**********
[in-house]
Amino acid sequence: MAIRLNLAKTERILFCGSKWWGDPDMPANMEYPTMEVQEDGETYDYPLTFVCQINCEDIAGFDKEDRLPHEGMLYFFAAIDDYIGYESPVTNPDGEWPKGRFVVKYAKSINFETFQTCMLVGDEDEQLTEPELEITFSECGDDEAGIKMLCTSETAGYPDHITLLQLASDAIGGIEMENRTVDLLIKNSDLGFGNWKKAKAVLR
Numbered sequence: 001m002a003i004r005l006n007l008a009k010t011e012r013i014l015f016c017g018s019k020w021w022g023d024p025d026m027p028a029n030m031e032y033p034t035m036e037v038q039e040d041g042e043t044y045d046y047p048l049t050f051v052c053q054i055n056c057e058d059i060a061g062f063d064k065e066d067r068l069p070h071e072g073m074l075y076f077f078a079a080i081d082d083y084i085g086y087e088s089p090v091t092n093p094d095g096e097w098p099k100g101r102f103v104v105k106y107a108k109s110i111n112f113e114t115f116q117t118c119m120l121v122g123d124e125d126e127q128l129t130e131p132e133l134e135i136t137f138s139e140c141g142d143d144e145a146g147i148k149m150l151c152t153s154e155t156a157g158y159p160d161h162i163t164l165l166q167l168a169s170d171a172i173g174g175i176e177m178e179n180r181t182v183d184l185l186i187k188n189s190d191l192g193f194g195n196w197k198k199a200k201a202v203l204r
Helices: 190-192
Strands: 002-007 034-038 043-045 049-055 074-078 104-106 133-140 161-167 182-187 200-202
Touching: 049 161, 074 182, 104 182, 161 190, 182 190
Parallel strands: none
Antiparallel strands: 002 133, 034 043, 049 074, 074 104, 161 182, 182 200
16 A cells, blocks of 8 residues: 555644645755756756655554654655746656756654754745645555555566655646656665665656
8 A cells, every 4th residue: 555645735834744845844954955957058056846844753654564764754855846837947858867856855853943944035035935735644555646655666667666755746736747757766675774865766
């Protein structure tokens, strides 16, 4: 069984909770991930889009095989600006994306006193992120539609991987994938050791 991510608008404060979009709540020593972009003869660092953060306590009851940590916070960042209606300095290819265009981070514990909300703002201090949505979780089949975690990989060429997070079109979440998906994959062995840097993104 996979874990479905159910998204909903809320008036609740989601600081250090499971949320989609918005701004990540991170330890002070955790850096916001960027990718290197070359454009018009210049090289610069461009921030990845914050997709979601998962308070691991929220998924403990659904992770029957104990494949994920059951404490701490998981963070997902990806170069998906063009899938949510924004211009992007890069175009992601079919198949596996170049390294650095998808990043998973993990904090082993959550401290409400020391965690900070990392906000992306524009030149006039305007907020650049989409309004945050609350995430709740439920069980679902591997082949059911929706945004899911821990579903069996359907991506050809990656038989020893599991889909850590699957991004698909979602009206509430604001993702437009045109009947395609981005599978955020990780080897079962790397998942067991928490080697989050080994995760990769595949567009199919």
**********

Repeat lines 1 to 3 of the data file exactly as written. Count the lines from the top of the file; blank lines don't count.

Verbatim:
[in-house]
Amino acid sequence: MAIRLNLAKTERILFCGSKWWGDPDMPANMEYPTMEVQEDGETYDYPLTFVCQINCEDIAGFDKEDRLPHEGMLYFFAAIDDYIGYESPVTNPDGEWPKGRFVVKYAKSINFETFQTCMLVGDEDEQLTEPELEITFSECGDDEAGIKMLCTSETAGYPDHITLLQLASDAIGGIEMENRTVDLLIKNSDLGFGNWKKAKAVLR
Numbered sequence: 001m002a003i004r005l006n007l008a009k010t011e012r013i014l015f016c017g018s019k020w021w022g023d024p025d026m027p028a029n030m031e032y033p034t035m036e037v038q039e040d041g042e043t044y045d046y047p048l049t050f051v052c053q054i055n056c057e058d059i060a061g062f063d064k065e066d067r068l069p070h071e072g073m074l075y076f077f078a079a080i081d082d083y084i085g086y087e088s089p090v091t092n093p094d095g096e097w098p099k100g101r102f103v104v105k106y107a108k109s110i111n112f113e114t115f116q117t118c119m120l121v122g123d124e125d126e127q128l129t130e131p132e133l134e135i136t137f138s139e140c141g142d143d144e145a146g147i148k149m150l151c152t153s154e155t156a157g158y159p160d161h162i163t164l165l166q167l168a169s170d171a172i173g174g175i176e177m178e179n180r181t182v183d184l185l186i187k188n189s190d191l192g193f194g195n196w197k198k199a200k201a202v203l204r